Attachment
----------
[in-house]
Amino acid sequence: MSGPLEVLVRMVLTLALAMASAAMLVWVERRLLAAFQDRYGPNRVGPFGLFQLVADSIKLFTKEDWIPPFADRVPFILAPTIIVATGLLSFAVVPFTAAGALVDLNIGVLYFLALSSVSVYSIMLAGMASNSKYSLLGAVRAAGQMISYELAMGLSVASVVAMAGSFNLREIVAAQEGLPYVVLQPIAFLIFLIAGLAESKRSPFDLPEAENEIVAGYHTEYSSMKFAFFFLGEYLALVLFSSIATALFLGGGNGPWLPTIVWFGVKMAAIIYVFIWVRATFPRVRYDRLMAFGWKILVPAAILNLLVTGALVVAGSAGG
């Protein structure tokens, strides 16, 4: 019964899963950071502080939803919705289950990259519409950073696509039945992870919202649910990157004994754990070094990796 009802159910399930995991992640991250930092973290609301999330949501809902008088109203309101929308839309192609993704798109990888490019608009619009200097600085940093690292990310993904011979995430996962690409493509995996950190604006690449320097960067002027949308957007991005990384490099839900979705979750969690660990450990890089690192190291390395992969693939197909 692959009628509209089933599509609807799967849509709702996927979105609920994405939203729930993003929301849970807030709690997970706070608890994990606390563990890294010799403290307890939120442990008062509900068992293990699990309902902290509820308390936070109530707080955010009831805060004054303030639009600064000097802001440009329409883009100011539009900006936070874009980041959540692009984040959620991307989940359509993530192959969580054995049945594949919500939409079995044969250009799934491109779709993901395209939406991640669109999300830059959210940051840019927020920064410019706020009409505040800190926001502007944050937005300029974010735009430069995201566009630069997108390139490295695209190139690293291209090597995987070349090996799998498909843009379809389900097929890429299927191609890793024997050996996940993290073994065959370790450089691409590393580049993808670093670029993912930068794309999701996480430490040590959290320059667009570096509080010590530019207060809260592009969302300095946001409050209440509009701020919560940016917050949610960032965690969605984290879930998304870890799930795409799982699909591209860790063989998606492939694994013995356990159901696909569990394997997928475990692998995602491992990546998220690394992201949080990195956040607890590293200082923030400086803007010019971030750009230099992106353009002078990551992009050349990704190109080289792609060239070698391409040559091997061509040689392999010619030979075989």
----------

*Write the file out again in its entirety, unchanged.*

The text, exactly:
[in-house]
Amino acid sequence: MSGPLEVLVRMVLTLALAMASAAMLVWVERRLLAAFQDRYGPNRVGPFGLFQLVADSIKLFTKEDWIPPFADRVPFILAPTIIVATGLLSFAVVPFTAAGALVDLNIGVLYFLALSSVSVYSIMLAGMASNSKYSLLGAVRAAGQMISYELAMGLSVASVVAMAGSFNLREIVAAQEGLPYVVLQPIAFLIFLIAGLAESKRSPFDLPEAENEIVAGYHTEYSSMKFAFFFLGEYLALVLFSSIATALFLGGGNGPWLPTIVWFGVKMAAIIYVFIWVRATFPRVRYDRLMAFGWKILVPAAILNLLVTGALVVAGSAGG
């Protein structure tokens, strides 16, 4: 019964899963950071502080939803919705289950990259519409950073696509039945992870919202649910990157004994754990070094990796 009802159910399930995991992640991250930092973290609301999330949501809902008088109203309101929308839309192609993704798109990888490019608009619009200097600085940093690292990310993904011979995430996962690409493509995996950190604006690449320097960067002027949308957007991005990384490099839900979705979750969690660990450990890089690192190291390395992969693939197909 692959009628509209089933599509609807799967849509709702996927979105609920994405939203729930993003929301849970807030709690997970706070608890994990606390563990890294010799403290307890939120442990008062509900068992293990699990309902902290509820308390936070109530707080955010009831805060004054303030639009600064000097802001440009329409883009100011539009900006936070874009980041959540692009984040959620991307989940359509993530192959969580054995049945594949919500939409079995044969250009799934491109779709993901395209939406991640669109999300830059959210940051840019927020920064410019706020009409505040800190926001502007944050937005300029974010735009430069995201566009630069997108390139490295695209190139690293291209090597995987070349090996799998498909843009379809389900097929890429299927191609890793024997050996996940993290073994065959370790450089691409590393580049993808670093670029993912930068794309999701996480430490040590959290320059667009570096509080010590530019207060809260592009969302300095946001409050209440509009701020919560940016917050949610960032965690969605984290879930998304870890799930795409799982699909591209860790063989998606492939694994013995356990159901696909569990394997997928475990692998995602491992990546998220690394992201949080990195956040607890590293200082923030400086803007010019971030750009230099992106353009002078990551992009050349990704190109080289792609060239070698391409040559091997061509040689392999010619030979075989």